While medication helps relieve symptoms, various psychosocial treatments can help with the behavioral, psychological, and social dysfunctions that go with the illness. These include Cognitive Behavioural Therapy, Electroconvulsive Therapy, Family Therapy, and Dignity Therapy. Optimism is essential during treatment and rehabilitation. Family members need to be mindful that many people with the disorder have an affirmative course of illness, that challenges can often be approached, and that patients have many personal strengths that must be identified and supported.

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1. What is stage 2 of Schizophrenia?

The 2nd stage of schizophrenia is the active or acute stage. This is the stage at which typical psychotic symptoms, such as hallucinations, delusions, and extremely strange or chaotic speech or behavior, develop and become most prominent. The sensations are frequently painful for the individual.

2. What is Schizophrenia?

Schizophrenia is a chronic and severe mental disorder characterized by distorted thinking, hallucinations, delusions, disorganized behavior, and impaired emotional responsiveness. It often leads to a disconnect from reality and affects a person's ability to function in daily life.

3. What are the types of schizophrenia?

Schizophrenia is typically classified into several subtypes or types. However, it's important to note that the DSM-5's current approach focuses on diagnosing schizophrenia as a spectrum disorder, taking into account the diversity and fluctuation of symptoms in individuals over time. This approach allows for more tailored and flexible treatment strategies.

That said, the previously recognized subtypes of schizophrenia included:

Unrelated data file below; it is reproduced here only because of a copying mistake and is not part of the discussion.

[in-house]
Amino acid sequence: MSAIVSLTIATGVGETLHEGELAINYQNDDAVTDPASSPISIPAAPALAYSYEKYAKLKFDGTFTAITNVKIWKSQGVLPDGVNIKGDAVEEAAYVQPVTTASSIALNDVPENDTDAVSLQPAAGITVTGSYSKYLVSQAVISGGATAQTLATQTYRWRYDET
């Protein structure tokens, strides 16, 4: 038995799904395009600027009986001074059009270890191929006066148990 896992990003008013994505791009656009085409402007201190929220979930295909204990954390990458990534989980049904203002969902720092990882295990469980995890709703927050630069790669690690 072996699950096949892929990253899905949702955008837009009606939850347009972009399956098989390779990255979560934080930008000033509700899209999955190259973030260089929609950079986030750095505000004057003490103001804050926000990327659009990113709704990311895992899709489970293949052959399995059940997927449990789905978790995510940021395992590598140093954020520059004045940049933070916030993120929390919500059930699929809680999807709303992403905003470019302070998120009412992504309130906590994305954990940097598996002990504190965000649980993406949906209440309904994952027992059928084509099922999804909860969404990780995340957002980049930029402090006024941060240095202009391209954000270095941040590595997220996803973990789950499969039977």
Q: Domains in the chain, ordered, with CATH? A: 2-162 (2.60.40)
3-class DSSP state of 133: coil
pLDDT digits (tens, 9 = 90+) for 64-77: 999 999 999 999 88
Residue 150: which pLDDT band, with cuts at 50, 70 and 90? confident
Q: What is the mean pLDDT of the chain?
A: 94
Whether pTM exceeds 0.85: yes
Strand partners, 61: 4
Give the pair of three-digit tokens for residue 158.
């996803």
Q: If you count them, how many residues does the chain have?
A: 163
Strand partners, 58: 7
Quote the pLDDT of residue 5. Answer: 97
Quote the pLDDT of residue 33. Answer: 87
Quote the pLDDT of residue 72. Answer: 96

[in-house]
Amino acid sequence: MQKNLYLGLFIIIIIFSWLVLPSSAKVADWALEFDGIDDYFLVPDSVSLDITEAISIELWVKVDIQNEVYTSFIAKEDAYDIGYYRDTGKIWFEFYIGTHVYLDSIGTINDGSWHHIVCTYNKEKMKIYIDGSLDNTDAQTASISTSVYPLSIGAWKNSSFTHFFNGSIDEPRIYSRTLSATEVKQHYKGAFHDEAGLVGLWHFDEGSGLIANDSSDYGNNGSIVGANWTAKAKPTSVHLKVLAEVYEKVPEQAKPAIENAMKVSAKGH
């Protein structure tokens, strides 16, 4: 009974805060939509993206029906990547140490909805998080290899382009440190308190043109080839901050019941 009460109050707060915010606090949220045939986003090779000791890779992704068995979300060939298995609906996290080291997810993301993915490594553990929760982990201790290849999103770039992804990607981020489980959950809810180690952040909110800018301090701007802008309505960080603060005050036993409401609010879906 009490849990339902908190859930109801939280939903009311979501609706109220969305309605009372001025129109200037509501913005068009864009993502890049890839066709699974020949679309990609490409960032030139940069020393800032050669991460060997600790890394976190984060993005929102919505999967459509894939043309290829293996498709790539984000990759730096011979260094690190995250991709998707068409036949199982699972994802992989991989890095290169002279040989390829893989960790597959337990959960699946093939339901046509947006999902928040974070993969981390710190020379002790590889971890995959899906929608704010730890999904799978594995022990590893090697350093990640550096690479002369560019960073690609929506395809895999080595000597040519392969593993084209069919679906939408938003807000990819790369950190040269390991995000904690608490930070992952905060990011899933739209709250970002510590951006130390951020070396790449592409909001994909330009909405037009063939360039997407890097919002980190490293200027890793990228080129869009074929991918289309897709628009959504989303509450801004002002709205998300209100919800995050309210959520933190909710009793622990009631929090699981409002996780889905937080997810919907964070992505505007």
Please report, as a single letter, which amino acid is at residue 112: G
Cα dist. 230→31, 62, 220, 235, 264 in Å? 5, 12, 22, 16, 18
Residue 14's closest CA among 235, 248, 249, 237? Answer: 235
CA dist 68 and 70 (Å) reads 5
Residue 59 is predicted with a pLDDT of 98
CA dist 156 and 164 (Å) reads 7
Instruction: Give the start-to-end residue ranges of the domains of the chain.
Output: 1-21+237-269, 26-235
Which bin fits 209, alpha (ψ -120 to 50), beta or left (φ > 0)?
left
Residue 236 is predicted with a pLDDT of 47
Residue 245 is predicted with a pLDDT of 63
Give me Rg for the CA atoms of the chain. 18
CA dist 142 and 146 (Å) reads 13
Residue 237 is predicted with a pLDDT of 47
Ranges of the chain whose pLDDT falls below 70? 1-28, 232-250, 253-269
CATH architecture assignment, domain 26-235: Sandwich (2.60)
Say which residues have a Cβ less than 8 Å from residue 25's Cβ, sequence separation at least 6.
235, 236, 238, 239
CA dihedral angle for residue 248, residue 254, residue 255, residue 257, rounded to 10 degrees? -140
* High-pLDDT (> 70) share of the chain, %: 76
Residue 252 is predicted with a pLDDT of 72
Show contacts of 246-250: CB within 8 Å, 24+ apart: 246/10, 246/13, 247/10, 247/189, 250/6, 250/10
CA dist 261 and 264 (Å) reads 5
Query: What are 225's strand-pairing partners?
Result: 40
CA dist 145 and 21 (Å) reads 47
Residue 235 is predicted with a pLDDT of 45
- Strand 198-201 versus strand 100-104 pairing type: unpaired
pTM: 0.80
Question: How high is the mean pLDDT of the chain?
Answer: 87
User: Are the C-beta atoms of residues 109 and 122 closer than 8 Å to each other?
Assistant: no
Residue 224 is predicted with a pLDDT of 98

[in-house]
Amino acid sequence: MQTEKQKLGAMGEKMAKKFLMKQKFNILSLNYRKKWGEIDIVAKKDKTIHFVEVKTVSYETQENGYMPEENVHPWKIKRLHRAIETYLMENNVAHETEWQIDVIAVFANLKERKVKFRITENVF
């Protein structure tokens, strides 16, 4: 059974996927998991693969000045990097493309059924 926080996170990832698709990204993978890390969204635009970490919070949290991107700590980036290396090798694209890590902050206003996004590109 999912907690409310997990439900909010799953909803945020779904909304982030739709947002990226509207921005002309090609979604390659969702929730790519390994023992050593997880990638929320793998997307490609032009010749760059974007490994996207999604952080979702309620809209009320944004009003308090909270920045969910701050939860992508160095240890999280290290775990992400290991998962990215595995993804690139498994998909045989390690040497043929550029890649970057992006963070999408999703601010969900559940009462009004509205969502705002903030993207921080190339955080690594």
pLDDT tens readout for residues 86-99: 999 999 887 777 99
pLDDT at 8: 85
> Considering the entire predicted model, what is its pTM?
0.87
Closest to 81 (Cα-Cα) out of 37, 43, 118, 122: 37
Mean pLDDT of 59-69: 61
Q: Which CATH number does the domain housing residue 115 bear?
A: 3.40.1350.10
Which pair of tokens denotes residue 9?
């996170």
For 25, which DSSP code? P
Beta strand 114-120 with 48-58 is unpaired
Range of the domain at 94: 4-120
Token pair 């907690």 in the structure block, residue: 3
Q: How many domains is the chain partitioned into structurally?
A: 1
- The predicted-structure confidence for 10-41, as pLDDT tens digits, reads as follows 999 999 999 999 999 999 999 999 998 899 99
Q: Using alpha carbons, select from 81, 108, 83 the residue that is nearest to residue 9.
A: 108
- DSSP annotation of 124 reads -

1. Paranoid schizophrenia: characterized by delusions and auditory hallucinations, often with a theme of persecution or grandiosity. Individuals with paranoid schizophrenia tend to have relatively intact cognitive functioning.

2. Disorganized Schizophrenia: This subtype involves severe thought disorder, disorganized behavior, and flat or inappropriate affect. It can be challenging for affected individuals to carry out daily tasks.

3. Catatonic schizophrenia: marked by extreme motor disturbances, including immobility, excessive movement, mutism, or echolalia (repeating others' words). It can be a severe form of the illness.

4. Undifferentiated Schizophrenia: When symptoms do not clearly fit into one of the specific subtypes, a diagnosis of undifferentiated schizophrenia may be used.

4. What are the disorders of Schizophrenia?

1. Schizoaffective Disorder: This condition combines the symptoms of schizophrenia with those of a mood disorder (such as bipolar disorder or major depressive disorder). Individuals experience hallucinations, delusions, and mood disturbances.

2. Brief Psychotic Disorder: This is a short-term condition characterized by psychotic symptoms like delusions, hallucinations, and disorganized speech or behavior, typically lasting for less than one month. It often follows a highly stressful event.

3. Delusional Disorder: People with this disorder experience persistent, non-bizarre delusions, which means their false beliefs are plausible but still untrue. These delusions are typically not accompanied by other symptoms of schizophrenia.

4. Schizophreniform Disorder: This condition resembles schizophrenia in terms of symptoms but lasts for a shorter duration (typically between one and six months). If the symptoms persist beyond six months, it may be diagnosed as schizophrenia.

5. Shared Psychotic Disorder (Folie à Deux): This rare condition involves the transmission of delusional beliefs from one person (the primary case) to another person (the secondary case), usually within close relationships.